This new feature makes it easy for your step functions to directly integrate with external APIs like Strip and Github. Prior to this feature being released, needing to call an external dependency meant creating a tiny Lambda function to perform the job. Now, the same job can be done with a just a couple mouse clicks.  

This new feature simplifies dependency integration and makes it a whole lot easier to integrate your Step Functions with outside applications. And it features support for API credential management by storing your secrets in Amazon Secrets Manager.

ETL Improvements

Often applications that store transactional data for business use cases need to expose that same data for analytics and business intelligence purposes. Moving data around, or ETLing it to other destinations, can often be a time consuming process that involves setting up multiple pieces of AWS infrastructure.

This year, AWS announced mutiple Zero and near zero ETL integrations to make moving your data much easier.

First, you can now send data stored in your Aurora, RDS MySQL, and DynamoDB database directly into Amazon Redshift. Data propagation is database dependent, but as an example for Aurora, a write in your table becomes available in redshift in about 15 secodns on average. All of these options use a simple point and click setup in the AWS console.

Those of you using Opensearch will be really excited these next two. The first is a new Zero-ETL feature allows you use Opensearch to directly query data that is stored in your Amazon S3 buckets. No more setting up complex data pipelines to get the data into your opensearch cluster. Once configured, you can explore your S3 data using the popular Kibana or Opensearch dashboard to derive application insights.

Finally, you can now use Zero-ETL to load data from DynamoDB directly into opensearch. This one works slightly different than the S3 integration, since the data is getting replicated and duplicated into your cluster. Previously this used to require a ton of manual effort with DynamoDB streams, Lambdas, and other components. Its now greatly simplified and just a couple of clicks away.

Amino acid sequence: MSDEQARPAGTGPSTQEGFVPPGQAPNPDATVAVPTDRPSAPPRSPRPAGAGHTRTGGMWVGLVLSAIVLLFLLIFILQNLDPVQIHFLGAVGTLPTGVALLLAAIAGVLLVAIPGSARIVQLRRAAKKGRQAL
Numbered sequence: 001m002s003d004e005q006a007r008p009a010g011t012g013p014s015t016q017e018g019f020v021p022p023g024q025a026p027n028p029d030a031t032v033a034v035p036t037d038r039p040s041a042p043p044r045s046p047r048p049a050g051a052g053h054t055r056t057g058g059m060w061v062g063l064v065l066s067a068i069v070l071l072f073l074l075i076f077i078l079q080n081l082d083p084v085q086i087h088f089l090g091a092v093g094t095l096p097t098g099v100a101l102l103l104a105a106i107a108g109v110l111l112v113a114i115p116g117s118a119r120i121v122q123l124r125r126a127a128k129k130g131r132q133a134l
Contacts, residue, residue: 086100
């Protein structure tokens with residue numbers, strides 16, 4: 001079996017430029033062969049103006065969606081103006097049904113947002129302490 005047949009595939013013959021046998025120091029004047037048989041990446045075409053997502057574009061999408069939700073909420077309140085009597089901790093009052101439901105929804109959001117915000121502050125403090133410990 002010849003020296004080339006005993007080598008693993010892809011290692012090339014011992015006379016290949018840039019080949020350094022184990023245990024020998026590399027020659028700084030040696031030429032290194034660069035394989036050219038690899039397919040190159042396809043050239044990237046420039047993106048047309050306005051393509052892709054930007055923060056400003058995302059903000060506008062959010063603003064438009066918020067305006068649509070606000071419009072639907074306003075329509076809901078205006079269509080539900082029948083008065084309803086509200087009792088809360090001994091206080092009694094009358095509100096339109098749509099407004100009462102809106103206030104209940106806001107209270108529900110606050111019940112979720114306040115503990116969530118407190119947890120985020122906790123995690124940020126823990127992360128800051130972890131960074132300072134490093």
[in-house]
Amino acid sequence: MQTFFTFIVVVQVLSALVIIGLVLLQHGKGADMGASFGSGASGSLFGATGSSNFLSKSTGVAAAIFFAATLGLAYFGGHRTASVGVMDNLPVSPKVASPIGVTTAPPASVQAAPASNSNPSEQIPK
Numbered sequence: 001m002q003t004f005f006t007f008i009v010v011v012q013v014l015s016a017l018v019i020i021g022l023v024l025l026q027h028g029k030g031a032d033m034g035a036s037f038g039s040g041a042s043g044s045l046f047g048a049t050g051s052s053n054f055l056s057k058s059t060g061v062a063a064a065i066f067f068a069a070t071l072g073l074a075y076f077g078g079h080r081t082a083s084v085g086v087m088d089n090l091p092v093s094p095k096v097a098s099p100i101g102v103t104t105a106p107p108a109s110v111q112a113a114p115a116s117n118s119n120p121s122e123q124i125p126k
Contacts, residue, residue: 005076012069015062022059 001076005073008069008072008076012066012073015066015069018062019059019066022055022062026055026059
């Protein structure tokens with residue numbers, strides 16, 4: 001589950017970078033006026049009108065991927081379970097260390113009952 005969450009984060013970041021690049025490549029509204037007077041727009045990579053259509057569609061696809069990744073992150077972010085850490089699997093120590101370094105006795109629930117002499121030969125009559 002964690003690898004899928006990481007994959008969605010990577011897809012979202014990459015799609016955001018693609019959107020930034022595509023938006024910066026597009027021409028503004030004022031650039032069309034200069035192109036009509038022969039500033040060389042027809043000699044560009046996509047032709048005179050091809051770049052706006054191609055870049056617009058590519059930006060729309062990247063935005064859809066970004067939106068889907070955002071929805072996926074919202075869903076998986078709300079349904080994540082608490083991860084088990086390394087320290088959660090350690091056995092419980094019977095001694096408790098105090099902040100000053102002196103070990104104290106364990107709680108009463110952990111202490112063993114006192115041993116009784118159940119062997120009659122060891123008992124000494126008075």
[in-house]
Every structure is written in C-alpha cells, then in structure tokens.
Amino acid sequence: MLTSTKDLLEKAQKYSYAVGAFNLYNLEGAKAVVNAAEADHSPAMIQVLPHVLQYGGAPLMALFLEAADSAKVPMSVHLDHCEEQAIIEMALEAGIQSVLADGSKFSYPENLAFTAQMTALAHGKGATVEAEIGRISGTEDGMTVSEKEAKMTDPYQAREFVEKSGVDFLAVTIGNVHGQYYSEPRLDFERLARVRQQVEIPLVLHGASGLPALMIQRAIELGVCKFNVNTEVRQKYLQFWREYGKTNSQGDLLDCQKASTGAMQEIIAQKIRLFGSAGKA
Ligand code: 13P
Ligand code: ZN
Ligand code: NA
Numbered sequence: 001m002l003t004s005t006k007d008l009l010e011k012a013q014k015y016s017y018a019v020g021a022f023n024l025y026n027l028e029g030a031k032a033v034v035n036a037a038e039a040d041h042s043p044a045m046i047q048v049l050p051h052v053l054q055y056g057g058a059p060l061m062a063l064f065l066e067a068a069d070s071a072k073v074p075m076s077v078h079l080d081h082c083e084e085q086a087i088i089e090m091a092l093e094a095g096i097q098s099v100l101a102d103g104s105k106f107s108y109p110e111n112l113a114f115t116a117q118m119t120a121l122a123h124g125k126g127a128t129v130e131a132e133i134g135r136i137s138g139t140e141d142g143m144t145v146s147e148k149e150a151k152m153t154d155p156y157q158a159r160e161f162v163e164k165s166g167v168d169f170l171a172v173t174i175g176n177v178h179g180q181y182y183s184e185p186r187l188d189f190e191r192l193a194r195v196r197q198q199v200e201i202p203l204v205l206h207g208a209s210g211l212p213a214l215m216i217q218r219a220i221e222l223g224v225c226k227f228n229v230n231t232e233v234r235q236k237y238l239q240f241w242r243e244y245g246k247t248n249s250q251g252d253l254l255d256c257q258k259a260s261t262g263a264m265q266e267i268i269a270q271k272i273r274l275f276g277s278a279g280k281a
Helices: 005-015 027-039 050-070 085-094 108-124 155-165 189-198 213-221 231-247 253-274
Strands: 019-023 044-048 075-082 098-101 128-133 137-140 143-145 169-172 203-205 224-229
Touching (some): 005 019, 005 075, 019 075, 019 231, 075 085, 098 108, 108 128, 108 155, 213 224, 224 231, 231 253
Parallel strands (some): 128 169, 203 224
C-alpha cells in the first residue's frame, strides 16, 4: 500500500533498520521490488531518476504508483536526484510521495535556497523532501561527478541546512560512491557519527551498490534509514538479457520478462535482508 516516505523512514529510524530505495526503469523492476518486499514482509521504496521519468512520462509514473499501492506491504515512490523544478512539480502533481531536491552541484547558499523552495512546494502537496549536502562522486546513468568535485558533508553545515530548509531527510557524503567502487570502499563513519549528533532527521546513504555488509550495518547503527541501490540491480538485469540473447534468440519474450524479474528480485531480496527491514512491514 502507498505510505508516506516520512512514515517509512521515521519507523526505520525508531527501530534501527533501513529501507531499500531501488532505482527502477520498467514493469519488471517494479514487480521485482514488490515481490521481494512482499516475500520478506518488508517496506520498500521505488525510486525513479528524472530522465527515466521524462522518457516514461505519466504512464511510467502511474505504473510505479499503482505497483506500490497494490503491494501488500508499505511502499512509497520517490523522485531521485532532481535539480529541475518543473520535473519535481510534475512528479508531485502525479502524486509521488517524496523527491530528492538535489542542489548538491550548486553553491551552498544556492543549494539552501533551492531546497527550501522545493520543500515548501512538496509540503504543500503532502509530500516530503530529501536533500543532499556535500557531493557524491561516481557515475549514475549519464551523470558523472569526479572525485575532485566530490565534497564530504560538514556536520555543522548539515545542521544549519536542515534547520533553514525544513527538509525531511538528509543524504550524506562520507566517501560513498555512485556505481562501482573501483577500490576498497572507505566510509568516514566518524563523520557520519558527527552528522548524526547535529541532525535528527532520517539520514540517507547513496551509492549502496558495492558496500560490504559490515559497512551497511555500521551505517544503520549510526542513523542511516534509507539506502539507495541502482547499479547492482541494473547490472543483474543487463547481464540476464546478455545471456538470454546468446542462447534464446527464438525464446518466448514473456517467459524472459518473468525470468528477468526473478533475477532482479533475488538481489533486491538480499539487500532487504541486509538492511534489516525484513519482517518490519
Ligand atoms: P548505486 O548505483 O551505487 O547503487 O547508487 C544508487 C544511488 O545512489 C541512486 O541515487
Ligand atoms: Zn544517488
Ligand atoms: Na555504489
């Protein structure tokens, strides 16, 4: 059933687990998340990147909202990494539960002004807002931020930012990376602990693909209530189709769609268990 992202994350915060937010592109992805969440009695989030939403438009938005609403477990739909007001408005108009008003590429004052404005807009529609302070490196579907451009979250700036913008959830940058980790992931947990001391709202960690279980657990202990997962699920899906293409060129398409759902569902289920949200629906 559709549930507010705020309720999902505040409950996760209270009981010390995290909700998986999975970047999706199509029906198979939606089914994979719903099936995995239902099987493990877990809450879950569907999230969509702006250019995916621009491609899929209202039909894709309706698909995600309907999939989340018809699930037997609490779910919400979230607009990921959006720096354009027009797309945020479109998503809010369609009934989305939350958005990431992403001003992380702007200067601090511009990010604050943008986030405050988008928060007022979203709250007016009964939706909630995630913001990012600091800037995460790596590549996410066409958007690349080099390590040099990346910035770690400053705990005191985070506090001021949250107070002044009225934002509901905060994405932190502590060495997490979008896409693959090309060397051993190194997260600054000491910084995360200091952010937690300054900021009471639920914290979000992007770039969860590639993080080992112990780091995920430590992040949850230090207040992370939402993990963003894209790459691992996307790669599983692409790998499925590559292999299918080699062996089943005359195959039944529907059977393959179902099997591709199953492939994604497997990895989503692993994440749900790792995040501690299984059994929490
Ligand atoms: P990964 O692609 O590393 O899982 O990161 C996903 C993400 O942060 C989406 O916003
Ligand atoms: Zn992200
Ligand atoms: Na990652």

Amazon Q

By far the biggest announcement of the event has been Amazon Q: a generative AI powered assistant that can be tailored to your specific business. Q is a clear competitor to popular products like ChatGPT, allowing users to get relevant answers to pressing questions, solve problems, and generate content. The Chatbot can be customized to connect to your company information. You can use it to ask questions, summarize content, and take actions based on internal documentation on company documentation or wikis.

Q is also integrated directly in the AWS console. You can use it to get advice on AWS design patterns, best practices, and other AWS specific insights. Q is trained on the AWS documentation including the well architected framework and can give you useful suggestions when in a pinch.

The most impressive part of Q is its coding assistant capabilities. It can integrate in IDEs like Visual Studio code or Jetbrains to provide development assistant like code summaries, code generation, and optimization tips. You can use it to ask questions about your current file, such as describing what a class does, to get high level understanding of a new code base quickly.

Q was talked about a LOT and a big feature of re:invent 2023. Expect more active development on this area in the coming years.